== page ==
She said Milton officials and businesses would do well to ask members of chambers of commerce in bypassed communities along Highway 26 how they handle economic development and marketing in a post-bypass world.

"There are no deep, dark trade secrets around here," Hrobsky said. "We're all in this together."

Los Agaves' taco truck was parked all last summer in a parking lot on Milton's east-side business district. It was during the height of traffic interruption as contractors worked on the lane expansion between Janesville and Milton, which is part of the Highway 26 expansion and is linked to the Milton bypass.

Despite road construction congestion, customer traffic in Milton was "very great business" for the taco truck, Valadez said.

He pulled the truck out of Milton last fall in part because businesses in Milton complained about the mobile truck being "unfair" competition, he said. The restaurant just wants to be successful, not to make people upset, he said.

Milton has its own plans

Milton has been working for four years on a plan to turn Goodrich Park into a city center geared for biking, walking and family activities.

Goodrich Park borders the Parkview Drive Business District, the city's east-side downtown.

The city is poised this spring to begin construction on a youth splash park that could be ready for use by early July, according to a city timeline on the project.

The hope, Milton City administrator Jerry Schuetz has said, is that the splash park will attract a large number of young families from the 12,000 to 15,000 residents in Janesville's north subdivisions and summer tourists who populate the RV parks, campgrounds and semi-rural township areas just outside Milton.

The thinking, city officials say, is that those families will help make up for the thousands of vehicles a day who will take the bypass instead of passing by the east side downtown.

City officials hope those families and local customers will become aware of the restaurants, stores and shops on Parkview Drive and that they'll spend time and money in those establishments.

Meanwhile, the Milton Public Library is in talks with the city over a large-scale expansion in the Shaw Municipal Building near downtown. The expansion would double the library's size and create expansive areas for public and family use.

Also, crews will start work this week on the Parker YMCA, which the YMCA of North Rock County is building on the city's far south extension of Parkview Drive. The project could be completed this November, YMCA CEO Tom Den Boer has said.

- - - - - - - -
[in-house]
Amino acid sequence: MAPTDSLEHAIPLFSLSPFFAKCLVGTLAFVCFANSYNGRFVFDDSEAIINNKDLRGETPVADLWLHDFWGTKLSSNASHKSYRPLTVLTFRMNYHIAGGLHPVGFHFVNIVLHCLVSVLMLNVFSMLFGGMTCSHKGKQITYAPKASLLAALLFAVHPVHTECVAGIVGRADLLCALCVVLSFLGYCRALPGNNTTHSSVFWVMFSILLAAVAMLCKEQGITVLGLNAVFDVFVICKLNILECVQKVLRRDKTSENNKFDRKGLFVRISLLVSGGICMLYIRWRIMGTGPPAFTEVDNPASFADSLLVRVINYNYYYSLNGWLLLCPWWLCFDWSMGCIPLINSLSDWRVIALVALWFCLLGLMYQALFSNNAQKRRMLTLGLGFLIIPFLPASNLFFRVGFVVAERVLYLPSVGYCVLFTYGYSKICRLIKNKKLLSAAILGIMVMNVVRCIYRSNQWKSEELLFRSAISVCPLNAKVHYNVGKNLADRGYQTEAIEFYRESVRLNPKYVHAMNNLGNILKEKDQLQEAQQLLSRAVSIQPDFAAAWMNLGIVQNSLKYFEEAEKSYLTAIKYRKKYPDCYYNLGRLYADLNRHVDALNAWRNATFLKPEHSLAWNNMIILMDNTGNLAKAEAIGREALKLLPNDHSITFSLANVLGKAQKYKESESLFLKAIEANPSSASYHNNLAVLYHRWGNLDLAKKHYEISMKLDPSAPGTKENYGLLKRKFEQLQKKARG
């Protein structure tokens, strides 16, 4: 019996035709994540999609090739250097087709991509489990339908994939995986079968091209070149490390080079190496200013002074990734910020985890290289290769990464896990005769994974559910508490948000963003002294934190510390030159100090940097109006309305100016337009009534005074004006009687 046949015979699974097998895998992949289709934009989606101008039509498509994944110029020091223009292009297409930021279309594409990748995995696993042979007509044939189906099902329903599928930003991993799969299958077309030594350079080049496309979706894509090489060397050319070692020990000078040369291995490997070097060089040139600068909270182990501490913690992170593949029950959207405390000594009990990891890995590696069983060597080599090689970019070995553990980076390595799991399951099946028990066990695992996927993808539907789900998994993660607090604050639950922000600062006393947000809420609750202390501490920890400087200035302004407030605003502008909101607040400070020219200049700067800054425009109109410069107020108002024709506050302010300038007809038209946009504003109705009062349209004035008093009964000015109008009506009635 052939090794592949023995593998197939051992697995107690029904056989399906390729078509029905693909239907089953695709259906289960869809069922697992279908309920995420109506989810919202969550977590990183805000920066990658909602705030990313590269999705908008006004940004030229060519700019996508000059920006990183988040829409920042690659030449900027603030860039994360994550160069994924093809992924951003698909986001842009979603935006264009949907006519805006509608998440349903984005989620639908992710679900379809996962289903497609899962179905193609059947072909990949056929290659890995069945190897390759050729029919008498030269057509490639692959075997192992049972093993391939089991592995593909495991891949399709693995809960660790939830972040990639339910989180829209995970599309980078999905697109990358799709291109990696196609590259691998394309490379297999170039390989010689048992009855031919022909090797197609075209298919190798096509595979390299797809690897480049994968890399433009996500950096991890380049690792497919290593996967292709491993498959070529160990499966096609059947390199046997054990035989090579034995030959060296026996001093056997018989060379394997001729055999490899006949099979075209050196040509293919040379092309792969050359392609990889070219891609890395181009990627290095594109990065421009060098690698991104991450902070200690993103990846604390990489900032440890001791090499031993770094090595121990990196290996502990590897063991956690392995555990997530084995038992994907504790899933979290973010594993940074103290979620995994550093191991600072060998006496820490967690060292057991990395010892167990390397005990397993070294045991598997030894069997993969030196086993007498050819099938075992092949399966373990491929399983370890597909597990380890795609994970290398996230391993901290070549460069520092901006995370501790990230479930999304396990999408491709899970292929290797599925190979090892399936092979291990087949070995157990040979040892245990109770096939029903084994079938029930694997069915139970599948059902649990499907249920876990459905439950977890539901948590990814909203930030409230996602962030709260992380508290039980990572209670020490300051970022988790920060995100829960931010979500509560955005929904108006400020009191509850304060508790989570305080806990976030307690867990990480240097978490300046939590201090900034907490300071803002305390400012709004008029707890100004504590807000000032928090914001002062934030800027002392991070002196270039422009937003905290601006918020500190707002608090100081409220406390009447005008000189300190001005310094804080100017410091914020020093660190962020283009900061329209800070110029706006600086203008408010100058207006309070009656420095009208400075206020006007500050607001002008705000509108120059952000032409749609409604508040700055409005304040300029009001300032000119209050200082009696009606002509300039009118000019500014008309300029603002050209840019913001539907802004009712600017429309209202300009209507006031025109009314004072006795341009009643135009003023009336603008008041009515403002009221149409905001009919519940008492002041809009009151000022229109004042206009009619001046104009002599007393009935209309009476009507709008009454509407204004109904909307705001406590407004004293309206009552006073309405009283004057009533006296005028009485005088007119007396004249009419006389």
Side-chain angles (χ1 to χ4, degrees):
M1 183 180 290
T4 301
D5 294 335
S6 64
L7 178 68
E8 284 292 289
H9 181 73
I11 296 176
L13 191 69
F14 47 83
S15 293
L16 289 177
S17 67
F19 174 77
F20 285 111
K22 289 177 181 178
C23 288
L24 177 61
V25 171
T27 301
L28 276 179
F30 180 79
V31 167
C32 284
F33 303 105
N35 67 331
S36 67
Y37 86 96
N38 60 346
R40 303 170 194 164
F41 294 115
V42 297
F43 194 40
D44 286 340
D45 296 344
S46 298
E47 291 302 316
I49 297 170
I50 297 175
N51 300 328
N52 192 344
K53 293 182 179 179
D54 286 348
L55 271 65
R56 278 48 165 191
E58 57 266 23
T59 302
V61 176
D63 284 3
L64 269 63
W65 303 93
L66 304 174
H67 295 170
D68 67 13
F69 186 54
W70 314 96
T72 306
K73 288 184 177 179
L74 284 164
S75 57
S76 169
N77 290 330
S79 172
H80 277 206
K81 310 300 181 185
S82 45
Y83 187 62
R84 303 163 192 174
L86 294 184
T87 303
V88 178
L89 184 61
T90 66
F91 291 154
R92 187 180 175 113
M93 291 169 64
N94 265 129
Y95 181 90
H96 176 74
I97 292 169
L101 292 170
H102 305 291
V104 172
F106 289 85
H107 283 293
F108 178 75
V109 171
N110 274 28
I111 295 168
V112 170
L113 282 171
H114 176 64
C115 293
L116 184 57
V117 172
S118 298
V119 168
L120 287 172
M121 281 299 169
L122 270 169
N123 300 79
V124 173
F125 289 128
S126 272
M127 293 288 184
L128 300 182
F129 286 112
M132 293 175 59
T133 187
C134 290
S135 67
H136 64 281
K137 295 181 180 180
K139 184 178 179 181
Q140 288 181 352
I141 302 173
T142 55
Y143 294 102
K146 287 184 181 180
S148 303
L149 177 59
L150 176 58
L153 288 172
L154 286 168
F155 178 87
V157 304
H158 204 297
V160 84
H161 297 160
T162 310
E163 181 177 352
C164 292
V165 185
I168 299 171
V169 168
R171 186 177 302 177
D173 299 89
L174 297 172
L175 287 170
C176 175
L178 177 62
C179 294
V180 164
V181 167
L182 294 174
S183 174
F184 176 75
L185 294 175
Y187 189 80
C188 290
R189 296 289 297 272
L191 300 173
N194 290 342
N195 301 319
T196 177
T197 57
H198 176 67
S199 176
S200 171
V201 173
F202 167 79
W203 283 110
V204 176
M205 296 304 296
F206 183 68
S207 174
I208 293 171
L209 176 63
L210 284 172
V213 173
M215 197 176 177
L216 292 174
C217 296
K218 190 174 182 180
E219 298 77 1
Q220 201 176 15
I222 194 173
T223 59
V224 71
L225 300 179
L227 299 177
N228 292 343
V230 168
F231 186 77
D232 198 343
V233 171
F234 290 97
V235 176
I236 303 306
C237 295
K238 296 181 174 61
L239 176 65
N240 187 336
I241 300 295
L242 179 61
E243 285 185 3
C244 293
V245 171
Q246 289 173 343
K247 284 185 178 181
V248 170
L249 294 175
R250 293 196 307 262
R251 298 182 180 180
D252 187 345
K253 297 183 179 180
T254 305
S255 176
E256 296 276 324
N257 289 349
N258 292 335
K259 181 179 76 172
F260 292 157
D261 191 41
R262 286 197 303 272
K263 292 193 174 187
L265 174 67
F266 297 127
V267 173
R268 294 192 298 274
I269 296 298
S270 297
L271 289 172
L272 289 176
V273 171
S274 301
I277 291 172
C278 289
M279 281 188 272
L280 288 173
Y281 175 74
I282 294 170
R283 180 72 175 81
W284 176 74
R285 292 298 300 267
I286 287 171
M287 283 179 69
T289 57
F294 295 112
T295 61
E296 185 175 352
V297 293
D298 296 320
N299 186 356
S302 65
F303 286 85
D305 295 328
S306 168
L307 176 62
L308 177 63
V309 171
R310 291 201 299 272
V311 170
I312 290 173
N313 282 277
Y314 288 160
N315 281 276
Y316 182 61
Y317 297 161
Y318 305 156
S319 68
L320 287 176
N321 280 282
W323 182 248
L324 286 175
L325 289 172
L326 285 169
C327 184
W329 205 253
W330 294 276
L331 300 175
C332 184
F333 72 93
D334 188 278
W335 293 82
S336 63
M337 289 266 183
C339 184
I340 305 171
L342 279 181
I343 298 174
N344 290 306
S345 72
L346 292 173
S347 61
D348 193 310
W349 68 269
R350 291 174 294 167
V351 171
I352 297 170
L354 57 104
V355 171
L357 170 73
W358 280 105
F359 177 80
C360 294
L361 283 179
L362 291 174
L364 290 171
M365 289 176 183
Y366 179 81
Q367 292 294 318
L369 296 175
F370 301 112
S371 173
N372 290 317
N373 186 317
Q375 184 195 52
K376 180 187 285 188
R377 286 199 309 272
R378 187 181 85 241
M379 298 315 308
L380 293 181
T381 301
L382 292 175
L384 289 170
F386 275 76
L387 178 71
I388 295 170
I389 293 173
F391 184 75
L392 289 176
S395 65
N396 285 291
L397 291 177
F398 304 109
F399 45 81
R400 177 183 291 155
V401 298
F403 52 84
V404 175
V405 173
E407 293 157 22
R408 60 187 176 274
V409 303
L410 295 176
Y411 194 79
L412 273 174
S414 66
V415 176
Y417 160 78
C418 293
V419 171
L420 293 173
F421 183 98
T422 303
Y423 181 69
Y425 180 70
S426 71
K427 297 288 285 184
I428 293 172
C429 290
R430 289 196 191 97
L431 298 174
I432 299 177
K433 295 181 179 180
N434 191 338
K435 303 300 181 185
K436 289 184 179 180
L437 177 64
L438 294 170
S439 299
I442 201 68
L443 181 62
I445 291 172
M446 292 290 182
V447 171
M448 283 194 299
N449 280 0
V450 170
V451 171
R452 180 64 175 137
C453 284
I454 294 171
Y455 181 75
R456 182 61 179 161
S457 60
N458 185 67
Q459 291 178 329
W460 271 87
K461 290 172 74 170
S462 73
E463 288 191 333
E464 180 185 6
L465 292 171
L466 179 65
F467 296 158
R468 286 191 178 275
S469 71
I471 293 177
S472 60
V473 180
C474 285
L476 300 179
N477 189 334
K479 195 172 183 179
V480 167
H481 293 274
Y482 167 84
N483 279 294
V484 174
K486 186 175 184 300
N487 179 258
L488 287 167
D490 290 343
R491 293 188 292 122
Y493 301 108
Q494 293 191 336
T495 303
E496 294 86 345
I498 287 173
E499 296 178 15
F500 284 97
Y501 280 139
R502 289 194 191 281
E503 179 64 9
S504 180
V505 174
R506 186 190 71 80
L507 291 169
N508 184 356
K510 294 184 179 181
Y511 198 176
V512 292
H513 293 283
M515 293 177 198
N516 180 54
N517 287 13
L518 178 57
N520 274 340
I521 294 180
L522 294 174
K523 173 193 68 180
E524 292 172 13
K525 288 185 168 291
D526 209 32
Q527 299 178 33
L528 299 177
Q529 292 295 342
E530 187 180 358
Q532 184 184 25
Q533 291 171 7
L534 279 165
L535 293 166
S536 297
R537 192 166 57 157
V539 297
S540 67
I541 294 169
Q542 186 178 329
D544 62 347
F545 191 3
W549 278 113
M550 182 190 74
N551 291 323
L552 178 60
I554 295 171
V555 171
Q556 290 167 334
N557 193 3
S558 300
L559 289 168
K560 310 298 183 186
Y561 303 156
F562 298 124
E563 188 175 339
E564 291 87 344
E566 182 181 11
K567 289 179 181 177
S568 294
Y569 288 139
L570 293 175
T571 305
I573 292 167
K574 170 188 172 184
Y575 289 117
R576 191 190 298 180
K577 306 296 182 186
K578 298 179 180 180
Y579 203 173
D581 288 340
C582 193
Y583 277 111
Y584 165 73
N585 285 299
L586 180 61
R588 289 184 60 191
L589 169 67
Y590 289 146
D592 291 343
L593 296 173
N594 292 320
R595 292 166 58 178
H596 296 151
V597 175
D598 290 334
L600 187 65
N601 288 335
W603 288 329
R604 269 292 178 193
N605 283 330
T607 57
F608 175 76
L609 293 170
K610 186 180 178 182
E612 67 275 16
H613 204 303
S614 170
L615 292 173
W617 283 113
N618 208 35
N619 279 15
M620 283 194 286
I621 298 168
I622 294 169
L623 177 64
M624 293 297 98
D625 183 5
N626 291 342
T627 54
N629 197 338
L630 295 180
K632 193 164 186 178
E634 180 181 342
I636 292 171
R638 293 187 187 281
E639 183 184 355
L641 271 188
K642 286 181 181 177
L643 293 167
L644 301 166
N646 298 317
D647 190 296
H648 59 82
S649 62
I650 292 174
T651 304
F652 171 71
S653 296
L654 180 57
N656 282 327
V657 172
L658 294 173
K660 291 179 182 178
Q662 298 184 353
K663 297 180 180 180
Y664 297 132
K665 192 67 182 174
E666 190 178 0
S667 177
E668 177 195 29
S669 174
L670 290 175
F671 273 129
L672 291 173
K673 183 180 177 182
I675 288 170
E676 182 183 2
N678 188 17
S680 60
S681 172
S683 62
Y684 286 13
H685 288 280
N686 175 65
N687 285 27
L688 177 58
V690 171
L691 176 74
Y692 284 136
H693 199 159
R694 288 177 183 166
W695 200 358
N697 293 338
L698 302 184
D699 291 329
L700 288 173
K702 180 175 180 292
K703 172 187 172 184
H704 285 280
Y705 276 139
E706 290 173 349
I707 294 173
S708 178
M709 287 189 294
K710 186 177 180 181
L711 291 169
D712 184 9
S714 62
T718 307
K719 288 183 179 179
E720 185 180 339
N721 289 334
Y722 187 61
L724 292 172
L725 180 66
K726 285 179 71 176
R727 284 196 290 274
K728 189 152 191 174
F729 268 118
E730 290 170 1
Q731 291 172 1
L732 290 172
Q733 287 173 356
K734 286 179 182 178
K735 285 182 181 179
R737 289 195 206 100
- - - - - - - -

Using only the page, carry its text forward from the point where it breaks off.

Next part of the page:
Sign of changing times?

Milton owns land for development in its business park along Highway 59 and the future Highway 26 bypass. That creates an avenue for the city to allow off-site business signs that could direct motorists on the bypass to Milton businesses they would not otherwise see.

The problem: The city's sign ordinance does not allow businesses to have offsite signs along city rights of way.

That's something an ad hoc city sign committee is suggesting should change, but the city council has yet to jump on board with the measure.

Jolynn Burder, the new exective director of the Milton Area Chamber of Commerce Industry and Tourism, said city officials and chamber members who support offsite business signs are "making good ground on those plans," but the city council has yet to review or approve the plans.

City officials could soon define the junction of the Highway 26 bypass and Highway 59 as the "entrance" to Milton. Newly-elected mayor Brett Frazier told The Gazette the Highway 26/59 corridor will be an important place to define the "face" of Milton.

Alderman Don Vruwink said he favors allowing businesses to be allowed to advertise along the bypass, but Alderman David Adams has repeatedly voiced worries that the change could allow the city to become a "neon jungle" of bright, flashing business signs.

Cut off from customers?

Offsite business signs might not help Sal's Landscaping and Garden Center at 5164 N. Highway 26 just south of Milton.

Sal Gomez said his business, which has operated since 2004, used to have an entrance drive along Highway 26, but the state Department of Transportation closed that access last fall while it was finishing Highway 26 work between Janesville and Milton.

Sal's also used to have an access along Bingham Road, but the state closed that access, too.

"They completely shut us down both ways," said Gomez, wiping his face and pushing his black framed reading glasses up onto his forehead.

To get to Sal's, motorists traveling north and south on Highway 26—including landscaping suppliers—have to take a two-mile detour through residential subdivisions and between one and five roundabouts.

"It's a pretty big inconvenience for people just to get in the gate," said Gomez's wife and Sal's co-owner, Brenda Gomez.

The couple say they have "no idea" yet how lack of Highway 26 access will affect their business, but if their core customer base—Highway 26 travelers—dries up, they could be forced to close their garden center or move it to a more accessible location, they said.

It could cost "a million" dollars to move the business somewhere else, Sal Gomez said.

Customer surveys have show about half the business's new and repeat customers are tied to traffic passing on Highway 26.

Luckily for Sal's, the other half of their customers hire the business for lawn care and maintenance. This spring, Sal's is expanding to include organic pesticide and chemical-free lawn care services.

"This is kind of like a test. We hope this works. If not, I'll still do landscaping and maintenance, but our retail could shut down."